Archived News

2023 A Look Back: Marty McFly Award

2023 A Look Back: Marty McFly Award

This one goes to Cherokee voters, who decided in this year’s election to look back to build their future. 

The 2023 election  was a big one for the Eastern Band of Cherokee Indians, with the principal chief and vice chief seats both up for election, as well as all 12 Tribal Council seats, three School Board seats and a pair of referendum questions asking voters to approve recreational cannabis for people over 21 and permits for mixed drink sales.

A total of 43 candidates with varying backgrounds and levels of experience in tribal government filed to run, but in the end voters picked familiar faces to occupy the horseshoe and executive office. That’s not to say voters didn’t ask for change. Financial issues facing the tribe deeply concerned many voters, and three Tribal Council representatives — Albert Rose, Andrew Oocumma and T.W. Saunooke — lost their bids for re-election, as did Principal Chief Richard Sneed.

But the candidates elected in their stead were no strangers to tribal government. Most notably, 65% of voters chose Michell Hicks, who had served as principal chief 2003-2015, to oust Sneed. Rose was replaced by Jim Owle, who had previously spent more than a decade on Tribal Council. Oocumma was replaced by five-term Council member Bo Crowe, who ran for his old seat after resigning it in January. Saunooke lost to Tom Wahnetah, who had sat on Tribal Council 2017-2021. Meanwhile, former nine-term Tribal Council member Perry Shell won the seat previously occupied by Teresa McCoy, who had filed to run for the office of vice chief instead but lost to incumbent Alan “B” Ensley.

With the term just beginning, the tribe’s newly elected leaders have a difficult task ahead of them — bringing the tribe back to stable financial footing in the face of faltering casino revenues while also balancing risk and reward in directing multiple high-investment business ventures. Like the namesake of their award, Cherokee voters are left hoping they’ve made the right choices to get their future back on track.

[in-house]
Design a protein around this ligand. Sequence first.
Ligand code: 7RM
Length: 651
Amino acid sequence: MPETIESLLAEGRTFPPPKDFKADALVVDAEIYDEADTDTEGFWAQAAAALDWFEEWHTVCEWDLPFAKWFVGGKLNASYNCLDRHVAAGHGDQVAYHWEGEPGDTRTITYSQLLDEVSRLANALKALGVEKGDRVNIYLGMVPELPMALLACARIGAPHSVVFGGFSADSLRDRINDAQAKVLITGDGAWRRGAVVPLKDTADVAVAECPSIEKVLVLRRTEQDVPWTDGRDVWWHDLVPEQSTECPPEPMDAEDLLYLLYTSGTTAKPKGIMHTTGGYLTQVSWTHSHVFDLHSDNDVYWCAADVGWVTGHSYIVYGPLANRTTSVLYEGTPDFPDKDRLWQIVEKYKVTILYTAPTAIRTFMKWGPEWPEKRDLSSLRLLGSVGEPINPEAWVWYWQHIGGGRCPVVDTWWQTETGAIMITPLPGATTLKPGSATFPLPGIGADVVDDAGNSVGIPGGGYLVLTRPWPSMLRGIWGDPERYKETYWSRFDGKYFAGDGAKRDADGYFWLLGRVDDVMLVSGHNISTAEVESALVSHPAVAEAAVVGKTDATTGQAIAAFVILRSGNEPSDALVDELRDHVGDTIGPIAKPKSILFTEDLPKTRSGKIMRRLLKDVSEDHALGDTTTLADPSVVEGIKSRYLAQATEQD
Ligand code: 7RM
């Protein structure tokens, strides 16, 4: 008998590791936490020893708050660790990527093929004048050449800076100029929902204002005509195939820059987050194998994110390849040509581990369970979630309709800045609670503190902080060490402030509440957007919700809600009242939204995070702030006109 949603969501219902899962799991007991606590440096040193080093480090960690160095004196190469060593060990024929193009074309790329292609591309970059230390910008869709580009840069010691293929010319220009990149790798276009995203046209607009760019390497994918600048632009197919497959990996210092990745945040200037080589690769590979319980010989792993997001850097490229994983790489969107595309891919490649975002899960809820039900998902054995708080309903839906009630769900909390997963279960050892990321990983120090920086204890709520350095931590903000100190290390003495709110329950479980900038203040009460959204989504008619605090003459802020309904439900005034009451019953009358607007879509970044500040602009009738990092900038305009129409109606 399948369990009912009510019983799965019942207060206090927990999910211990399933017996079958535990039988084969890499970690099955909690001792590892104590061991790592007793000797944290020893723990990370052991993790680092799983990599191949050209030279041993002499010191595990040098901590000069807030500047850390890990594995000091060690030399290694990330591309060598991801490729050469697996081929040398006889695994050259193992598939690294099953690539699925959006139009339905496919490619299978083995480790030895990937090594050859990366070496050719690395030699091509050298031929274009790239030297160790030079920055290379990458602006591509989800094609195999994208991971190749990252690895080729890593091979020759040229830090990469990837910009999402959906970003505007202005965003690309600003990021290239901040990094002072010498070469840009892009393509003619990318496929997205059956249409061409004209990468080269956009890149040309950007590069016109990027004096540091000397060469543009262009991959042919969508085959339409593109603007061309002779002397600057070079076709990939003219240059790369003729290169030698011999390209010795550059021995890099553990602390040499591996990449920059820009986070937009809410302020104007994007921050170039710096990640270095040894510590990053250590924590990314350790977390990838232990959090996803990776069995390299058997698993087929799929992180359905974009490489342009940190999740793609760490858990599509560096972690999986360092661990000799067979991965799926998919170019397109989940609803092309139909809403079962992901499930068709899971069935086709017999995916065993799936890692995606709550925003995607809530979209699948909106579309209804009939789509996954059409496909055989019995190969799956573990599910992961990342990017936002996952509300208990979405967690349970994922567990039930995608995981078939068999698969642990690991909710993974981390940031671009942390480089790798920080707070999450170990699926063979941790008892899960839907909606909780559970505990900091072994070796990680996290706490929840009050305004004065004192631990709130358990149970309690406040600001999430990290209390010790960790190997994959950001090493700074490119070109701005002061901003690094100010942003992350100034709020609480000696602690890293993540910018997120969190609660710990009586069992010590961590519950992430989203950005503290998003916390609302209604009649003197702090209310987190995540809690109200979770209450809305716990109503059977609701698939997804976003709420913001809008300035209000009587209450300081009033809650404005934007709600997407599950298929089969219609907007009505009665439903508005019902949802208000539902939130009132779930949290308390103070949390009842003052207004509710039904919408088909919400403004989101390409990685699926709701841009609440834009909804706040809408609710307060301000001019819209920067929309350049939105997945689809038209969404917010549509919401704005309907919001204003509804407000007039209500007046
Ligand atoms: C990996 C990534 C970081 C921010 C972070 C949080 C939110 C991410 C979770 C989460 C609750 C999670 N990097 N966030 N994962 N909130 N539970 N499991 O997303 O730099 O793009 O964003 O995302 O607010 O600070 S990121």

Smokey Mountain News Logo
Go to top
Payment Information


At our inception 20 years ago, we chose to be different. Unlike other news organizations, we made the decision to provide in-depth, regional reporting free to anyone who wanted access to it. We don’t plan to change that model. Support from our readers will help us maintain and strengthen the editorial independence that is crucial to our mission to help make Western North Carolina a better place to call home. If you are able, please support The Smoky Mountain News.

The Smoky Mountain News is a wholly private corporation. Reader contributions support the journalistic mission of SMN to remain independent. Your support of SMN does not constitute a charitable donation. If you have a question about contributing to SMN, please contact us.